Welcome to Silicon UK Pulse

This is your weekly round-up of the top tech news stories.

Every Friday, Silicon UK surveys the week’s tech news.

Stay up-to-date with what’s happening in your industry or sector.

I’m James Marriott with all the big technology news from the last week.



Welcome to Silicon UK Pulse

I’m James Marriott with all the big technology news from the last week.

The new range of iPhones has officially been unveiled.

Apple’s Wonderlust event on Tuesday night revealed the iPhone 15, 15 Plus, 15 Pro and 15 Pro Max

No major surprises really.

As expected, they’re the first iPhones to switch to a USB-C connector instead of Apple’s own Lightning port.

Dynamic island makes it to all models this year – that’s the little pill shaped cut out at the top of the screen.

It was the chips and camera systems which got the biggest upgrades.

On the Pro models, the mute toggle switch on the side becomes an action button which can be configured to do whatever you want, really.

Pre-orders start Friday 15th, and the phones launch a week later.

We got a range of new Apple Watch models as well.

The Series 9 watch gets a brighter screen and can recognise a new double tap gesture – quite clever this – doesn’t involve touching the screen or the watch at all, but basically tapping your index finger and thumb together twice.

There’s a link to a video demo of it on our website at silicon.co.uk – worth a look

We also got a second-generation Apple Watch Ultra – new chip and brighter screen too, otherwise no major changes.

Meanwhile – in France – the Government’s ordered Apple to stop selling its iPhone 12 model there because of radiation fears.

A watchdog says the handset emits too much electromagnetic radiation.

It told Apple that if it can’t fix the issue with a software upgrade, it’ll have to recall every iPhone 12 ever sold in the country.

The phone originally launched in September 2020.

The UK Government has dropped a controversial part of its Online Safety Bill proposals.

But it denied it had u-turned after scrapping plans to scan encrypted messaging services for harmful content as part of the bill.

That had been widely criticised by tech firms.

Many including WhatsApp said they’d rather pull out of the UK than comply with the requirements.

Openreach is rolling out another phase of fibre upgrades.

Around 200,000 more homes will get faster broadband in the latest work.

Its gigabit-capable technology will now be added to locations spread across the UK in both rural and urban areas including Chichester in West Sussex, Broughton in Greater Manchester, Perth in Scotland, and Pantymwyn in Wales.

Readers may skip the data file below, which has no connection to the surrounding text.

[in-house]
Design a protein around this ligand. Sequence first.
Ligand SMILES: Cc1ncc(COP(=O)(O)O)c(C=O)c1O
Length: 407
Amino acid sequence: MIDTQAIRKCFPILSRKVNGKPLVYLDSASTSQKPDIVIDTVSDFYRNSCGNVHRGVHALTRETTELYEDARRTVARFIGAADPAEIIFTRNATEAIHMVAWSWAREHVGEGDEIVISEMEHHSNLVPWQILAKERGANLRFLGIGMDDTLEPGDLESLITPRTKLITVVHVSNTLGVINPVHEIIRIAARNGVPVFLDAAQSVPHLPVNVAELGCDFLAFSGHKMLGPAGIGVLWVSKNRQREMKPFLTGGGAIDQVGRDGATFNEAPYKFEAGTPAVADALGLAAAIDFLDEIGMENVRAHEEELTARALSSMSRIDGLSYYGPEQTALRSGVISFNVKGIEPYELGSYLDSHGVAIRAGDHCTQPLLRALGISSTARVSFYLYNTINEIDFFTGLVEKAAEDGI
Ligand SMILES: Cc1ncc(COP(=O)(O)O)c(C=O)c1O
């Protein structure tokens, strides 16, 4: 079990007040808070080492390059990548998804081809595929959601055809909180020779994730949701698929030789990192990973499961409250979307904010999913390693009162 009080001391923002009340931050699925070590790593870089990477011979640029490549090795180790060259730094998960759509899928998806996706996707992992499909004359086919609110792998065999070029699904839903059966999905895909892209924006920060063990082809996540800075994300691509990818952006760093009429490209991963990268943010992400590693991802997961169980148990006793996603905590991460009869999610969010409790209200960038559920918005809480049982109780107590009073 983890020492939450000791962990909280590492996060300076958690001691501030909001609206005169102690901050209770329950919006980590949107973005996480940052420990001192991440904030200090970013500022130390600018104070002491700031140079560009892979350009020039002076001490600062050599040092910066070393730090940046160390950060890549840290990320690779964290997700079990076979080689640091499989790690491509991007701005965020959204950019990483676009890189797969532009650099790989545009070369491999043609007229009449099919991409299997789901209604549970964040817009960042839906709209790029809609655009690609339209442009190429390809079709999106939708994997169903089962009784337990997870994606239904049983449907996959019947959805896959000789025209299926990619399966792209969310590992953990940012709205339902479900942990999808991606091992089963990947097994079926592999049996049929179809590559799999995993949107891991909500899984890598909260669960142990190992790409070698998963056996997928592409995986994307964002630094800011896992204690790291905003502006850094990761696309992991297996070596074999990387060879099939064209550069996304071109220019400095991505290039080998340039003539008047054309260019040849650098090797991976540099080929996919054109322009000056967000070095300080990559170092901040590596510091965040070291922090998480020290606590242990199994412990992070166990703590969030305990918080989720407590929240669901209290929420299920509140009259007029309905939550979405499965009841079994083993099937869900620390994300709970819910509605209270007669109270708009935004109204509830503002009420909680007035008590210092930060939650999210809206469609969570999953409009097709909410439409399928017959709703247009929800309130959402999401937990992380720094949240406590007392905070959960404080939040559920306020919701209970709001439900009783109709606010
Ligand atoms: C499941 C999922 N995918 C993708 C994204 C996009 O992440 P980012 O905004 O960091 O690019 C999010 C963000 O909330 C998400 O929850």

Overall, a total of 2,829 towns, cities, boroughs, villages and hamlets are now included in the company’s fibre to the premises programme.

Now, could AI help to land planes?

Well, UK researchers have constructed a “digital twin” representation of the country in an experiment to see whether artificial intelligence could aid human air traffic controllers – or eventually replace them.

It’s called Project Bluebird – a partnership between National Air Traffic Services, the Alan Turing Institute and Exeter University.

Researchers think AI could help find more fuel-efficient routes for aircraft and may be able to cut delays and congestion as well as speeding up training for controllers.

Speaking of AI – some research this week suggests the vast majority of businesses in the UK and Ireland are already using it.

84% have already implemented it in ‘some’ capacity, with 24% using it ‘broadly’ across their business.

Most businesses say they trust AI, and that figure is even higher in the boardroom.

97% of chief-level officers and 93% of business owners say they trust the tech.

Facebook parent company Meta says it’s ending a community news project in the UK.

It says the moves are part of an effort to “better align our investments to our products and services people value the most”.

Meta is also winding down a dedicated News tab in the UK, France and Germany through which it has paid news publishers for their content.

The European Commission has officially designated six ‘gatekeepers’ of online services that are subject to its Digital Markets Act (DMA).

The EC announced that Alphabet, Amazon, Apple, ByteDance, Meta, and Microsoft are among the gatekeepers, with a total of 22 core platform services from them also being designated.

It was back in July 2022 when the European Parliament voted to adopt the new landmark rules that impose significant regulatory burdens on tech platforms.

A UK-based research group targeted by Elon Musk in a lawsuit has launched a fresh attack on X – saying its content moderation practices are failing.

The Centre for Countering Digital Hate is a non-profit that fights hate speech and disinformation – it posted a blog on Wednesday saying it “reported 300 tweets containing extreme hate to X, it left up 259 of them.”

Elon Musk and the group certainly have a history. Last month X followed through on its legal threat and sued them, accusing it of false claims and spooking advertisers after previous criticisms.

And some slot machines had to be shut down at a major hotel chain this week after a cyberattack.

MGM Resorts runs hotels and casinos across the US, including several in Las Vegas.

It also affected the room keys – with one social media user saying she’d walked into the wrong room because of the issue.

That’s the latest from Silicon UK Pulse – for more tech news and features, head to silicon.co.uk

David Howell

Dave Howell is a freelance journalist and writer. His work has appeared across the national press and in industry-leading magazines and websites. He specialises in technology and business. Read more about Dave on his website: Nexus Publishing. https://www.nexuspublishing.co.uk.

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